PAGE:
Donald Trump & “The Masculine Script”

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Timely new film looks at Donald Trump and gender politics

In The Empathy Gap: Masculinity & the Courage to Change, filmmaker Thomas Keith looks at how American popular culture teaches young men that it’s uncool to empathize with women, respect them as equals, and take feminism seriously.

Zeroing in on some of the dominant “masculine scripts” that young men absorb from the culture, Keith identifies four recurring lessons about what it takes to be a real man: amass a personal fortune, meet conflict with aggression, sexually objectify women, and suppress all emotion except anger.

According to Keith, that’s the basic playbook – and nobody embodies it more than Donald J. Trump.

“If we had to look to one individual who best represents the traditional American masculine script, that person would have to be Donald Trump,” Keith says in the film. “In Trump’s world, it’s dog-eat-dog, survival of the fittest, where the strong devour the weak. It’s a place where men don’t cry, where women are sexually objectified, and where everything can be bought and sold.”

This gendered focus on Trump’s image is just one part of The Empathy Gap‘s wide-ranging analysis of how American “entertainment” culture reinforces and glorifies regressive ideas about manhood – ideas that privilege power, control, and dominance over empathy, compassion, and leadership in the face of bullying.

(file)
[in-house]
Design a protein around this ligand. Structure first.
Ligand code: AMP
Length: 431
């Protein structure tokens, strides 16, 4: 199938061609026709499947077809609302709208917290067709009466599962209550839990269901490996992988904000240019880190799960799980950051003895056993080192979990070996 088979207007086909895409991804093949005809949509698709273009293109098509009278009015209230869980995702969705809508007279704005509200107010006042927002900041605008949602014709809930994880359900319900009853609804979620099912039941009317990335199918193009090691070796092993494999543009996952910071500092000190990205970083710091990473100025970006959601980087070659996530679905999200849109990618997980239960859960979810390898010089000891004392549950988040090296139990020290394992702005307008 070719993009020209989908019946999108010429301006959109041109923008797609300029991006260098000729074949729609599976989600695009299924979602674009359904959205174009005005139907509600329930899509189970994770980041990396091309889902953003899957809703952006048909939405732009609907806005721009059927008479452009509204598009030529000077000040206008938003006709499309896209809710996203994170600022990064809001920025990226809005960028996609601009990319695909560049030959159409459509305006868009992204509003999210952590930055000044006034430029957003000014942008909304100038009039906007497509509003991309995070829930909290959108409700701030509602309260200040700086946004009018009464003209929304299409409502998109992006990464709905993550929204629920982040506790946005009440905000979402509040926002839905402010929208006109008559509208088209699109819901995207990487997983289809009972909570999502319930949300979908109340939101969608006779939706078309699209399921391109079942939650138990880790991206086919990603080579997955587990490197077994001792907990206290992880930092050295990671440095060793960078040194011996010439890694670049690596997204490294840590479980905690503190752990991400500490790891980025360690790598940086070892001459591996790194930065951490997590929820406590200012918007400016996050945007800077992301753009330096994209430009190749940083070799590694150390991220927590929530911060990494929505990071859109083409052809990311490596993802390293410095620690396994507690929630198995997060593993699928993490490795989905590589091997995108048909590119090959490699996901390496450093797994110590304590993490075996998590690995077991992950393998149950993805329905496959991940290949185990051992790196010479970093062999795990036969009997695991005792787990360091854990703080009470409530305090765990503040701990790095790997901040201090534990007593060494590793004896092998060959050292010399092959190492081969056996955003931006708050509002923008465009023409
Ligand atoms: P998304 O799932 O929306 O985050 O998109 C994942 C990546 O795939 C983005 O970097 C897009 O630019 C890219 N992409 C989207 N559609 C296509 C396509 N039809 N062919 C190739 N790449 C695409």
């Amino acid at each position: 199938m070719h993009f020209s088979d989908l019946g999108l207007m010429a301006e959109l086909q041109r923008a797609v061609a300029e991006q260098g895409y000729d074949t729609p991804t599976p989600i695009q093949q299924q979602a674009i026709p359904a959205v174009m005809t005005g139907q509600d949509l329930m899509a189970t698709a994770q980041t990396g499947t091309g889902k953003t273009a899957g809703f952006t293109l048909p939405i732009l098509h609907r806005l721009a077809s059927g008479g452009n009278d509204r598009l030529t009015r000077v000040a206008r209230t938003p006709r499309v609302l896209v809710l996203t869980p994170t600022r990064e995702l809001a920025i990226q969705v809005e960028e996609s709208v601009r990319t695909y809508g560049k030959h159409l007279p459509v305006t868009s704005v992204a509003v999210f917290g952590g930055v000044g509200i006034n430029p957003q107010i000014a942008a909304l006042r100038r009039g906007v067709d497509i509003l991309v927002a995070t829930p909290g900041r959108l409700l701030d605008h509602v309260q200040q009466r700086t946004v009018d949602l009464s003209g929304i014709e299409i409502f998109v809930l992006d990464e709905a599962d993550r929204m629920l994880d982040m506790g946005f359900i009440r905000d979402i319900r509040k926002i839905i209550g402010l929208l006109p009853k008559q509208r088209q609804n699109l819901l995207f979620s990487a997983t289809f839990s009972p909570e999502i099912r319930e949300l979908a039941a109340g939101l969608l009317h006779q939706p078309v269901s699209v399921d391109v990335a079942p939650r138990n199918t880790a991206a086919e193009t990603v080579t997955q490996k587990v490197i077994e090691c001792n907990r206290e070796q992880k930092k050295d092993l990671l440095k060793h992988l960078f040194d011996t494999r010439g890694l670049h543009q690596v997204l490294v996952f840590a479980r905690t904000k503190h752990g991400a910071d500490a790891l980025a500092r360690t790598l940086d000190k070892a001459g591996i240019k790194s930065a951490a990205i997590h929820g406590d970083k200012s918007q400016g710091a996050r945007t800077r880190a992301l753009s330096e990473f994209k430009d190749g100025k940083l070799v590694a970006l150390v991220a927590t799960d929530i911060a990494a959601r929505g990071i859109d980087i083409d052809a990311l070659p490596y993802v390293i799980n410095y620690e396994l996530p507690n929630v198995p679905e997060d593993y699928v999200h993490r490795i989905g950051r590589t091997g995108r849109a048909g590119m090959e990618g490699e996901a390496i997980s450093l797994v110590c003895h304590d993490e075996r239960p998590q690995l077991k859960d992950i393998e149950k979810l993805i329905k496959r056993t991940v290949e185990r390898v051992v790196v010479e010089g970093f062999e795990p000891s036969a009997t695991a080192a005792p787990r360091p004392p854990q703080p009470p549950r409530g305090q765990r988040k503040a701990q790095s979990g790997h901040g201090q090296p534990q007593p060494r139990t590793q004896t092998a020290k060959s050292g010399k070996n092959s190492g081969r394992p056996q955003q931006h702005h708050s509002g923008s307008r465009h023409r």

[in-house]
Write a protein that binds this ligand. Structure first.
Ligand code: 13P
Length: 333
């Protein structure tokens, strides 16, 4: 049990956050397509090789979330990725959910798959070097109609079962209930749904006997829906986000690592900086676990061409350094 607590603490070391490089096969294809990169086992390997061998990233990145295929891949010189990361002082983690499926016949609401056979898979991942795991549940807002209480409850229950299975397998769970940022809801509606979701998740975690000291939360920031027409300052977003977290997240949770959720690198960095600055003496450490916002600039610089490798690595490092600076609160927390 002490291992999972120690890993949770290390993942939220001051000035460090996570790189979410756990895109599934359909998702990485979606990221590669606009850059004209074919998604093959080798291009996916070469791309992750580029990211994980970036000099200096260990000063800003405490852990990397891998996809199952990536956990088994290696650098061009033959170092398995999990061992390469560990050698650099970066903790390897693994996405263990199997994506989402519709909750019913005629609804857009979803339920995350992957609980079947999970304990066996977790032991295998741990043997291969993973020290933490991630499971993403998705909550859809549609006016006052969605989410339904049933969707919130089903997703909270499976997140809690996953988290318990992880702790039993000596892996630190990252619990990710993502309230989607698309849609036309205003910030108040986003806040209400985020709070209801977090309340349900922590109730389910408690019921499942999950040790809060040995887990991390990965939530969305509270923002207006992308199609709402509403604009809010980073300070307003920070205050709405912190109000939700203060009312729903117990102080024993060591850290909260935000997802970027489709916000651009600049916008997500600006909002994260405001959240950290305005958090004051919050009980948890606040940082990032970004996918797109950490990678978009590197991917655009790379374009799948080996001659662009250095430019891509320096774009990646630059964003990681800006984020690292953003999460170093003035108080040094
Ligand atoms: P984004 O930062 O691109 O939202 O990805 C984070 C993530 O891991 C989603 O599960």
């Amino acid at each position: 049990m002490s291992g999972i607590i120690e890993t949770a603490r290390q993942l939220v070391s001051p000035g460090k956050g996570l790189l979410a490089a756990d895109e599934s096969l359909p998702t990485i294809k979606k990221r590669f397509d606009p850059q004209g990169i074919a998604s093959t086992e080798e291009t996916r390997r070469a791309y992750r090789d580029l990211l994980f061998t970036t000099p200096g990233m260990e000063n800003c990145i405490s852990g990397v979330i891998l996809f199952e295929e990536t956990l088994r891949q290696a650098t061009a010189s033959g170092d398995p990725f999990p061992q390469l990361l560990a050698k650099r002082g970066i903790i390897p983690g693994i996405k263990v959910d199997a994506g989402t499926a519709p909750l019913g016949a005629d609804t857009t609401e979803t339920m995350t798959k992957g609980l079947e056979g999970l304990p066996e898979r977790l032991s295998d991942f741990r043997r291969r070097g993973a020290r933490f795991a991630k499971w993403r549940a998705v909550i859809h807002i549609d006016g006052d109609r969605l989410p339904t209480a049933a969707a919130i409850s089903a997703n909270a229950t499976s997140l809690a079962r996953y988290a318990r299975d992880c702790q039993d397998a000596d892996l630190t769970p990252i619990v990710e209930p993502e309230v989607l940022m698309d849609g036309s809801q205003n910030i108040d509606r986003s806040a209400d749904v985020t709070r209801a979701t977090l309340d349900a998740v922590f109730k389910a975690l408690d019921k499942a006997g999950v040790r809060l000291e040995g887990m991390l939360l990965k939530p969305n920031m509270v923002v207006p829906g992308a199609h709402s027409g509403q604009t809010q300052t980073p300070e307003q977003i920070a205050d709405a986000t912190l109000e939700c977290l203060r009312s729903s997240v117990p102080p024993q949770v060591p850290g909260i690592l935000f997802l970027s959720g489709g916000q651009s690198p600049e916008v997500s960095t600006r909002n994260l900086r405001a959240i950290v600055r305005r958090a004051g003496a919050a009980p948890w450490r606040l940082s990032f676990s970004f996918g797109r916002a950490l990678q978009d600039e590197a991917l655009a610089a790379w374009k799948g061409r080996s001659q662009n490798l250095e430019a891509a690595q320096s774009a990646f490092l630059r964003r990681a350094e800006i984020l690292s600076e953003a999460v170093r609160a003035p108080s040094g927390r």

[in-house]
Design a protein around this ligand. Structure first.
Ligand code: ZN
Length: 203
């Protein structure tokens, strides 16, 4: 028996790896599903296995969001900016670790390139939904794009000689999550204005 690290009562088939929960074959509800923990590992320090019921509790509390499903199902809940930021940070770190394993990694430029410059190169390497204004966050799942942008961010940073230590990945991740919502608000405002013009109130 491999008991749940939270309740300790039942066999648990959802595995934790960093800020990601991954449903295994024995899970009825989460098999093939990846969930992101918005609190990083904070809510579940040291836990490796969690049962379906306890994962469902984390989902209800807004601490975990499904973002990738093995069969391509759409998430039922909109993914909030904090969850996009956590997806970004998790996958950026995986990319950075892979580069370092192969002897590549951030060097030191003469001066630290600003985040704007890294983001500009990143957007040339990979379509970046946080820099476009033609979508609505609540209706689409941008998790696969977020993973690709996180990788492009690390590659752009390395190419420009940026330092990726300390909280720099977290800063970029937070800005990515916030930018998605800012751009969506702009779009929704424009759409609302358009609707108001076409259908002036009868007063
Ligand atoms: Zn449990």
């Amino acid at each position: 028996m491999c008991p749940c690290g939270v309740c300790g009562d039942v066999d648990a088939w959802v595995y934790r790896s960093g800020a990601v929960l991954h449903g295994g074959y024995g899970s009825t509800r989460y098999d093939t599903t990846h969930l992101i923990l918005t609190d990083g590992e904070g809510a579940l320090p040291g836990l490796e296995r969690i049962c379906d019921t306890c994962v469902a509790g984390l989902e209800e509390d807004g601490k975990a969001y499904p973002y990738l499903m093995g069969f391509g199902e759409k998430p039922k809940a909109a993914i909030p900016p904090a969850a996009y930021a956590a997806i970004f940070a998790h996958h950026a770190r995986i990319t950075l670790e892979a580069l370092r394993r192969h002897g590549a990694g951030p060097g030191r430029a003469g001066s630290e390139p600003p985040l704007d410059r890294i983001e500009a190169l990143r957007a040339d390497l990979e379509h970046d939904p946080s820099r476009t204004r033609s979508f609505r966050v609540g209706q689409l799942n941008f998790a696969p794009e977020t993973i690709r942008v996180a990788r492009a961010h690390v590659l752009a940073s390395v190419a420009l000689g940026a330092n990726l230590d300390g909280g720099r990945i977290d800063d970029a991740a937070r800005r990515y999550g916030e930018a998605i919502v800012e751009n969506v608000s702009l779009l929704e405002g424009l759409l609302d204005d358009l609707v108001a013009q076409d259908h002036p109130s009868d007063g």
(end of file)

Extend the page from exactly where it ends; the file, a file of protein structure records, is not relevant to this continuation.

Learn more about The Empathy Gap

The Empathy Gap challenges young people to think critically about the sexist and misogynistic stories we tell ourselves as a culture about what it means to be a real man. Drawing connections with other regressive and authoritarian cultural scripts, the film explores how racism is similarly rooted in cultural norms that discourage empathy. It concludes by pointing to research showing that men who break with restrictive gender norms live happier and healthier lives.

The Empathy Gap features interviews with leading experts on gender, masculinity, and popular culture, including Jennifer Siebel Newsom, Tony Porter, Michael Messner, Derrick Jensen, Kevin Powell, J.W. Wiley, Charlotte Watson, Eddie Moore Jr., C.J. Pascoe, Julia T. Wood, and others.

It is an ideal resource for courses and workshops that look at the intersection of gender and politics, media images, masculinity issues, gender violence, gender identities, and American political culture.